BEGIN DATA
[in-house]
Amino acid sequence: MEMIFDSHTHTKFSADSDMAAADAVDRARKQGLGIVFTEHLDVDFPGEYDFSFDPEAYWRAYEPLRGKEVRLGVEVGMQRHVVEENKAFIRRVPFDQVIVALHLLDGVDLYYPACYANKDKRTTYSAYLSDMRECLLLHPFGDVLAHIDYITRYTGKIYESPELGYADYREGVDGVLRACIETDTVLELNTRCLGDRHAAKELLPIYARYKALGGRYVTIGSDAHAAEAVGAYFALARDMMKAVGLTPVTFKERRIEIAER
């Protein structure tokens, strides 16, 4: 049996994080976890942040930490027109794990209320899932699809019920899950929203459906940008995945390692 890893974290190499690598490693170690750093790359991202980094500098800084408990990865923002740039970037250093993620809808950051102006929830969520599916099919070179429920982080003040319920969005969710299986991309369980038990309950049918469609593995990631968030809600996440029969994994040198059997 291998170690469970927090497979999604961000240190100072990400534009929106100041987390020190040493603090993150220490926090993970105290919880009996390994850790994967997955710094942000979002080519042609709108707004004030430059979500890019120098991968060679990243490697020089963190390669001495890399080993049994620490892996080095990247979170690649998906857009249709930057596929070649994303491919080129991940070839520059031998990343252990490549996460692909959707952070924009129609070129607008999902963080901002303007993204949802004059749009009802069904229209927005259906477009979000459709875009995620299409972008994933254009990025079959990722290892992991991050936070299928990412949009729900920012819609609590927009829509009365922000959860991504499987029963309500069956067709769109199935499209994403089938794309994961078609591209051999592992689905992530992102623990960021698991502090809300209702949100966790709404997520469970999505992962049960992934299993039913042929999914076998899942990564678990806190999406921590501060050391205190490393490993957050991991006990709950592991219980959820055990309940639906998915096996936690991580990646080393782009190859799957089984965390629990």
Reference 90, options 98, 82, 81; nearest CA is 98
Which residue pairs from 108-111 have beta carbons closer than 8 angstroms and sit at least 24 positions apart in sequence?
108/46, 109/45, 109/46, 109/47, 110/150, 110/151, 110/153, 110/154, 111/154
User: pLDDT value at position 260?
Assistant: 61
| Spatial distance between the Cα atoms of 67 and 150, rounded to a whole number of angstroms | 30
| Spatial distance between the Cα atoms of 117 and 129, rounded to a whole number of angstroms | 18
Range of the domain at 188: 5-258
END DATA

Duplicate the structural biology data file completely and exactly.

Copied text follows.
[in-house]
Amino acid sequence: MEMIFDSHTHTKFSADSDMAAADAVDRARKQGLGIVFTEHLDVDFPGEYDFSFDPEAYWRAYEPLRGKEVRLGVEVGMQRHVVEENKAFIRRVPFDQVIVALHLLDGVDLYYPACYANKDKRTTYSAYLSDMRECLLLHPFGDVLAHIDYITRYTGKIYESPELGYADYREGVDGVLRACIETDTVLELNTRCLGDRHAAKELLPIYARYKALGGRYVTIGSDAHAAEAVGAYFALARDMMKAVGLTPVTFKERRIEIAER
């Protein structure tokens, strides 16, 4: 049996994080976890942040930490027109794990209320899932699809019920899950929203459906940008995945390692 890893974290190499690598490693170690750093790359991202980094500098800084408990990865923002740039970037250093993620809808950051102006929830969520599916099919070179429920982080003040319920969005969710299986991309369980038990309950049918469609593995990631968030809600996440029969994994040198059997 291998170690469970927090497979999604961000240190100072990400534009929106100041987390020190040493603090993150220490926090993970105290919880009996390994850790994967997955710094942000979002080519042609709108707004004030430059979500890019120098991968060679990243490697020089963190390669001495890399080993049994620490892996080095990247979170690649998906857009249709930057596929070649994303491919080129991940070839520059031998990343252990490549996460692909959707952070924009129609070129607008999902963080901002303007993204949802004059749009009802069904229209927005259906477009979000459709875009995620299409972008994933254009990025079959990722290892992991991050936070299928990412949009729900920012819609609590927009829509009365922000959860991504499987029963309500069956067709769109199935499209994403089938794309994961078609591209051999592992689905992530992102623990960021698991502090809300209702949100966790709404997520469970999505992962049960992934299993039913042929999914076998899942990564678990806190999406921590501060050391205190490393490993957050991991006990709950592991219980959820055990309940639906998915096996936690991580990646080393782009190859799957089984965390629990």
Reference 90, options 98, 82, 81; nearest CA is 98
Which residue pairs from 108-111 have beta carbons closer than 8 angstroms and sit at least 24 positions apart in sequence?
108/46, 109/45, 109/46, 109/47, 110/150, 110/151, 110/153, 110/154, 111/154
User: pLDDT value at position 260?
Assistant: 61
| Spatial distance between the Cα atoms of 67 and 150, rounded to a whole number of angstroms | 30
| Spatial distance between the Cα atoms of 117 and 129, rounded to a whole number of angstroms | 18
Range of the domain at 188: 5-258